Completely emerged in all the developments in Indonesia we're learning that, as with most emerging economies, there's a big difference between what is announced and what will be realized.
So here´s a short update on what you should know:
According to the latest regulation, the electricity tariffs that customers are paying will be increased every 3 months for the year of 2013 with the last increase in October of this year. It will end up being Rp 1352/kWh or about 13.5 dollar cents/kWh. Adding up to a15% price increase in one year. At such price increases it will soon be possible to offer grid-parity propositions in the residential and commercial segment.
Tender for 172.5 MW
The grid-connected market for larger projects will be kick-started with a competitive bidding process, auctioning 172.5 MW of capacity at 72 locations. The max. tariff is set at $0,25 and can be $0,05 higher when the developer sources over 40% local content. When the tender starts is still unsure. Expectations are that this will be somewhere mid-august, though it's well possible that it's postponed until September or even October.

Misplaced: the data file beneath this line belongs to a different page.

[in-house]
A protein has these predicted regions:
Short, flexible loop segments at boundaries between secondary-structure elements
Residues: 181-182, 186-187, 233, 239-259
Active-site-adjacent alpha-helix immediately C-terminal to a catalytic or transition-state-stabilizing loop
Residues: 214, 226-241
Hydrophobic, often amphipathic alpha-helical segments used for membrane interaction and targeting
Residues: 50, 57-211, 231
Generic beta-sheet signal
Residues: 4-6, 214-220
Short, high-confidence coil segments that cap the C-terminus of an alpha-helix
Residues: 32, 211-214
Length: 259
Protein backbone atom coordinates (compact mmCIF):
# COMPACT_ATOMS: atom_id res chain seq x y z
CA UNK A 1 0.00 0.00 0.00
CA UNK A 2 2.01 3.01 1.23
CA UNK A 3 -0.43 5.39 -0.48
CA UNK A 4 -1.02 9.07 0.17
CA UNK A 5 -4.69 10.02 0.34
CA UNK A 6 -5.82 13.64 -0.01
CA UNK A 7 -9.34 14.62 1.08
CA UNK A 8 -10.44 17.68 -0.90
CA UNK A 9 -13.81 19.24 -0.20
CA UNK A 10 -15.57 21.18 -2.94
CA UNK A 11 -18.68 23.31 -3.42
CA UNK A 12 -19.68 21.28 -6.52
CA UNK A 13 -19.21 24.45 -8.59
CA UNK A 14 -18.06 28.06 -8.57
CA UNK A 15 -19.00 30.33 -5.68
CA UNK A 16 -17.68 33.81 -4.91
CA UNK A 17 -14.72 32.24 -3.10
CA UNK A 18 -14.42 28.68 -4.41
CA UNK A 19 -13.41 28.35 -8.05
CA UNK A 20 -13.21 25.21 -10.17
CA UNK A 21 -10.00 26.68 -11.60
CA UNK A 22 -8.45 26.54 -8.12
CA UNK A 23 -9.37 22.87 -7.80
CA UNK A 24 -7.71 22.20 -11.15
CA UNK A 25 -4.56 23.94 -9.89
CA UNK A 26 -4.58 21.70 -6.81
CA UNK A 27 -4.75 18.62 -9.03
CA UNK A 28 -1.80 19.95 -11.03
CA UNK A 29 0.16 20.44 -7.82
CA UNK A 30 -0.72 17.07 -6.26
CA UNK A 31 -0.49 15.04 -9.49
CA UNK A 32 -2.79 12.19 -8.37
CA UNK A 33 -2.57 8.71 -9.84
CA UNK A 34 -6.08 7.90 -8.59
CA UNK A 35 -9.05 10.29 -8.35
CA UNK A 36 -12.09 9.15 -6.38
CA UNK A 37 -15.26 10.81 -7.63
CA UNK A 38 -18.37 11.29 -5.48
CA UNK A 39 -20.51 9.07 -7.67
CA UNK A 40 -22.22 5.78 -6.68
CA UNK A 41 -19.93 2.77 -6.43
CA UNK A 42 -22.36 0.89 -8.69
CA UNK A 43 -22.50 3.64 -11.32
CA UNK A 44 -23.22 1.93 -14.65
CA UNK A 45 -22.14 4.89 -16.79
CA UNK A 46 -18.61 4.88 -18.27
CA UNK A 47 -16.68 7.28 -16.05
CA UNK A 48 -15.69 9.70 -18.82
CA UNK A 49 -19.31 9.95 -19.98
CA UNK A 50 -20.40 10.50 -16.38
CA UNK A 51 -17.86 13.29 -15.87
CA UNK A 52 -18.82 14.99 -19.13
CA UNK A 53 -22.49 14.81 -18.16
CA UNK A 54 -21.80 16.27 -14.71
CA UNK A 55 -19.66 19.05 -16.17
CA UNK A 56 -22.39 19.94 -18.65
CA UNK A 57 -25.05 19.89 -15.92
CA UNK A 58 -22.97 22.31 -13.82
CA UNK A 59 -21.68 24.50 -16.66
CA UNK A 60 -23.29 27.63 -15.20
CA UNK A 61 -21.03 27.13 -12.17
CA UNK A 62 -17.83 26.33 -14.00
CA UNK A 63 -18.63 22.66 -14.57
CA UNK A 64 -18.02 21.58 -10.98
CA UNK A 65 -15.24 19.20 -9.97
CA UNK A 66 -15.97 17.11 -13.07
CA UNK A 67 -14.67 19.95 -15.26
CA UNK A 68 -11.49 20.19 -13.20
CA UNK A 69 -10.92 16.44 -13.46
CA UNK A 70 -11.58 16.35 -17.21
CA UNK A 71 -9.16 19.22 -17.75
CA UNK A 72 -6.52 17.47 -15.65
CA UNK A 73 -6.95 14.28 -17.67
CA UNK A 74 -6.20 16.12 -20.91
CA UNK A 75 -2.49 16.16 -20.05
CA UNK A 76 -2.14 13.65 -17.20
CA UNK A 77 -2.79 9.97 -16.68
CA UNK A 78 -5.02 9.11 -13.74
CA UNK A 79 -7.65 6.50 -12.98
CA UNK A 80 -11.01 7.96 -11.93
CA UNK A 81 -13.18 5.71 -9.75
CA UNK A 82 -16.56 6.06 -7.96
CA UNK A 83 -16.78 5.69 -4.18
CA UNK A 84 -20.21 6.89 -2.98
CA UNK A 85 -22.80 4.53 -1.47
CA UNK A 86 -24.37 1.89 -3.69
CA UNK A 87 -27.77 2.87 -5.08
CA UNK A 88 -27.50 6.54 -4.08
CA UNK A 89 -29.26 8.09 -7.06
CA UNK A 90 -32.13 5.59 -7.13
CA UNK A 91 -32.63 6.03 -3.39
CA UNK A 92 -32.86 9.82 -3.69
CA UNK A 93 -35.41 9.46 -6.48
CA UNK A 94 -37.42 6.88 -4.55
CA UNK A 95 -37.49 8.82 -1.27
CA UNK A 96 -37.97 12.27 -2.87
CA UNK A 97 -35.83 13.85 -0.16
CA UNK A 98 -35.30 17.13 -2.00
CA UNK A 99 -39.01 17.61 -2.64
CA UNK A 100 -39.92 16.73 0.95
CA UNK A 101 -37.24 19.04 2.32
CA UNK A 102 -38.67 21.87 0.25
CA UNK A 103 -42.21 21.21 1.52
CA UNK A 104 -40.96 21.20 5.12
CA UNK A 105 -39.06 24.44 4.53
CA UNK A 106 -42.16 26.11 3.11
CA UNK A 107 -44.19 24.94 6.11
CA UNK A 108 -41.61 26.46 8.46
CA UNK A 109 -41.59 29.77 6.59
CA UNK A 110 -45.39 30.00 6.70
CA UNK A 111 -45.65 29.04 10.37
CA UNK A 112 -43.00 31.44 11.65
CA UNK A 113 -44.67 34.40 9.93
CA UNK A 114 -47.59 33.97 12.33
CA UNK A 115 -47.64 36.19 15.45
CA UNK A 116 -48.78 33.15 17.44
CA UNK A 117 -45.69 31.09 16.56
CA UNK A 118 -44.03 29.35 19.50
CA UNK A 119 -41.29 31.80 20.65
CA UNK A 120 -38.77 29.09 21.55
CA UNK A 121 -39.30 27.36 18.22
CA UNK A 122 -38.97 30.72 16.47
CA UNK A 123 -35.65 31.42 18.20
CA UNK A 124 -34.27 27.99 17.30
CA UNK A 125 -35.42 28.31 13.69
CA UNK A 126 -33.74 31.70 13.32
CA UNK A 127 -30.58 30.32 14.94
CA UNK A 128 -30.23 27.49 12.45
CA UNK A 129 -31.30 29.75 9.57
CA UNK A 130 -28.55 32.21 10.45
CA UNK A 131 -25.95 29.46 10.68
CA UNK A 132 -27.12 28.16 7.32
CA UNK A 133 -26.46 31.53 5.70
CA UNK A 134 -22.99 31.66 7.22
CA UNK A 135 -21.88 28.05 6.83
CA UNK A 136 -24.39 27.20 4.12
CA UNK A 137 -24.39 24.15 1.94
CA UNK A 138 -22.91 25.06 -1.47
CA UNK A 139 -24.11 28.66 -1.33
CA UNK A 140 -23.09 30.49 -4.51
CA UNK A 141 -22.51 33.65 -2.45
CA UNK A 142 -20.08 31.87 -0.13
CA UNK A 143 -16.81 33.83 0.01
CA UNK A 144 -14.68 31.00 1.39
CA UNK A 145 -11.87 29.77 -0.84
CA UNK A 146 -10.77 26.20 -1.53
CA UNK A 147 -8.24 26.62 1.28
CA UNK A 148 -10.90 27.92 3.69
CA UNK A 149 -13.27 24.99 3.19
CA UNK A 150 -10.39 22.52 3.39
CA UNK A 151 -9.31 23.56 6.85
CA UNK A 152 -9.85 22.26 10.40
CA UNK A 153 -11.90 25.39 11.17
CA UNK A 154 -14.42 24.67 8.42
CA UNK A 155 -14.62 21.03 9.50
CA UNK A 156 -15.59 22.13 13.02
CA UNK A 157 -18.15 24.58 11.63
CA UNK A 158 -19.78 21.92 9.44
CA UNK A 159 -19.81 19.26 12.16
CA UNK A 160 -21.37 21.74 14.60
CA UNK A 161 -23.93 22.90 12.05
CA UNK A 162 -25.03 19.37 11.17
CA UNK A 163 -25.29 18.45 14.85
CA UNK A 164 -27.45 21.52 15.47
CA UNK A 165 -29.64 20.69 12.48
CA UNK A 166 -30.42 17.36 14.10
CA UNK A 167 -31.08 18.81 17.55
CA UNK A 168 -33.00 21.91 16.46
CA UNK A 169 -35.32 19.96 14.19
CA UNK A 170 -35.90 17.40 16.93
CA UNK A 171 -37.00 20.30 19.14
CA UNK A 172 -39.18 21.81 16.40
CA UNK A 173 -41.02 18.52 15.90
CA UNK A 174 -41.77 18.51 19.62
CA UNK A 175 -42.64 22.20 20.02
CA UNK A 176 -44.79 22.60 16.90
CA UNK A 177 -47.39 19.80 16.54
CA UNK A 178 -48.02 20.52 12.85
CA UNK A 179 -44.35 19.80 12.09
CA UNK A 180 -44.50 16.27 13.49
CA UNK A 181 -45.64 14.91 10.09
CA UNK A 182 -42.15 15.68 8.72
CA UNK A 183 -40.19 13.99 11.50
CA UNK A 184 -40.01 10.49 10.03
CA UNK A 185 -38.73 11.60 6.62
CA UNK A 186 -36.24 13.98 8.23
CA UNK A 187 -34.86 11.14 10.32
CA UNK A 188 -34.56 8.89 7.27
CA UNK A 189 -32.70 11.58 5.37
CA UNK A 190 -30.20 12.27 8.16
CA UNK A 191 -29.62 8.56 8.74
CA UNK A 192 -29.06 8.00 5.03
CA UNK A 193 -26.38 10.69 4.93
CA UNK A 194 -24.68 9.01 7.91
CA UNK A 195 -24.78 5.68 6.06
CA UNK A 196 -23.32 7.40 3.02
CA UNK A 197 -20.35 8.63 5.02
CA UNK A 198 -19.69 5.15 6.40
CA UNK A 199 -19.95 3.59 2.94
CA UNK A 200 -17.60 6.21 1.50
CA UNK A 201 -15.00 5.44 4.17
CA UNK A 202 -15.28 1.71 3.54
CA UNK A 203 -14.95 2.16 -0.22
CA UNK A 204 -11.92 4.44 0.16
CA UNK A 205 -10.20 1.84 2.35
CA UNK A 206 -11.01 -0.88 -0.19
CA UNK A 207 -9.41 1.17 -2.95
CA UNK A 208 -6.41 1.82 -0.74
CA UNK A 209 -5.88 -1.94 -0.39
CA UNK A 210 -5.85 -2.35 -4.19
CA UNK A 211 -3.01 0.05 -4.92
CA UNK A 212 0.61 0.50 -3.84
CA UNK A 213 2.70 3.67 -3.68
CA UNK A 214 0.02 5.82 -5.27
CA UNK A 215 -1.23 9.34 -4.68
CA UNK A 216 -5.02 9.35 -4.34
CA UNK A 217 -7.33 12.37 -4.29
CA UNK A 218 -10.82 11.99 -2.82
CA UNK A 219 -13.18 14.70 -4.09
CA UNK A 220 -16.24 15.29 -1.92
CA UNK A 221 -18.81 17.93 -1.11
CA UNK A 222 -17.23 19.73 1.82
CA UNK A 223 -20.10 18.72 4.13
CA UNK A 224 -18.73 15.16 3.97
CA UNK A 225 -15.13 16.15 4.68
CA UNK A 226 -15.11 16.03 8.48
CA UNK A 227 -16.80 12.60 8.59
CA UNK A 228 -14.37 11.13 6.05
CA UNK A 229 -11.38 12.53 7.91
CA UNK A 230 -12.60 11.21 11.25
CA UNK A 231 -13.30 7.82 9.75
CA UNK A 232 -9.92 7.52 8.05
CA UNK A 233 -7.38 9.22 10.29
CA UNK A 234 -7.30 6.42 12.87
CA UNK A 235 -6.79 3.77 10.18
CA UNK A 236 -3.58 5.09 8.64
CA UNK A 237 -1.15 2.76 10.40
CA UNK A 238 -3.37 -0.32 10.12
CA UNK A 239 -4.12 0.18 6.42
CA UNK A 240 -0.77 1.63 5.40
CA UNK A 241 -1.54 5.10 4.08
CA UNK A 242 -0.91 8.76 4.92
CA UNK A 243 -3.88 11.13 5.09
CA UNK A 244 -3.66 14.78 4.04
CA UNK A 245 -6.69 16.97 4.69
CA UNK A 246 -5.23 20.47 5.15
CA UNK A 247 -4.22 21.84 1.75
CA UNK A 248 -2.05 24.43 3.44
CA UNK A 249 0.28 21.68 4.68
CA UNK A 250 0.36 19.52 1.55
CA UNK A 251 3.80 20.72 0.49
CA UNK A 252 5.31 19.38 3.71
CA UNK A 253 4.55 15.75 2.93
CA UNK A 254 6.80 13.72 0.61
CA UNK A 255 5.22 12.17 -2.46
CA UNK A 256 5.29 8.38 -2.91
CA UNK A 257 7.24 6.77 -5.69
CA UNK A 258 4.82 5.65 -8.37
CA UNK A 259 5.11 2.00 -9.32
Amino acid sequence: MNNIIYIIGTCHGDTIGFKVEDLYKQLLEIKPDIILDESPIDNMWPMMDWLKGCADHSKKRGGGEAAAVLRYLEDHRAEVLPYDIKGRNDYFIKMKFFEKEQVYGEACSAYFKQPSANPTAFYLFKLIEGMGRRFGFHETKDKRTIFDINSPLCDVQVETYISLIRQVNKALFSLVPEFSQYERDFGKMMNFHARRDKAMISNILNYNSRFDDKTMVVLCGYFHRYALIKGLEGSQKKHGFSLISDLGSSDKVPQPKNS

A very interesting market in Indonesia, and probably one of the fastest growing, will be in diesel replacement through solar hybrid solutions. There are already projects built in this segment through the 1000 islands scheme which aims to install 700MW of solar for distant communities.
In these communities with micro-grids, prices of electricity can become as high as $0,35 to $0,50 so if you have the right proposition (and connections), solar could be a no-brainer in these area's.
More regulation on enabling IPP's is announced already, which should make it even more interesting to develop such projects.
When you follow the news around the developments in Indonesia you'd expect that already 500MW could be installed within a year. With First Solar signing a MOU with PJB on Bali for 100 MW, LDK announcing a 100 MW order and SGI-Mitabu aiming to develop 250MW of which 50MW on Sumatra. According to our local partners these projects are mostly talk, and they will start much smaller.
The keys to success will be in strong local partnerships, overcoming the challenges of financing, bureaucracy and logistics, educating the government and utility and actively developing projects for PPA's.
So those will be the focus of the meetings and workshops during the trade mission first and foremost.
Let me know your feedback, insights and questions and I'll be sure to follow up!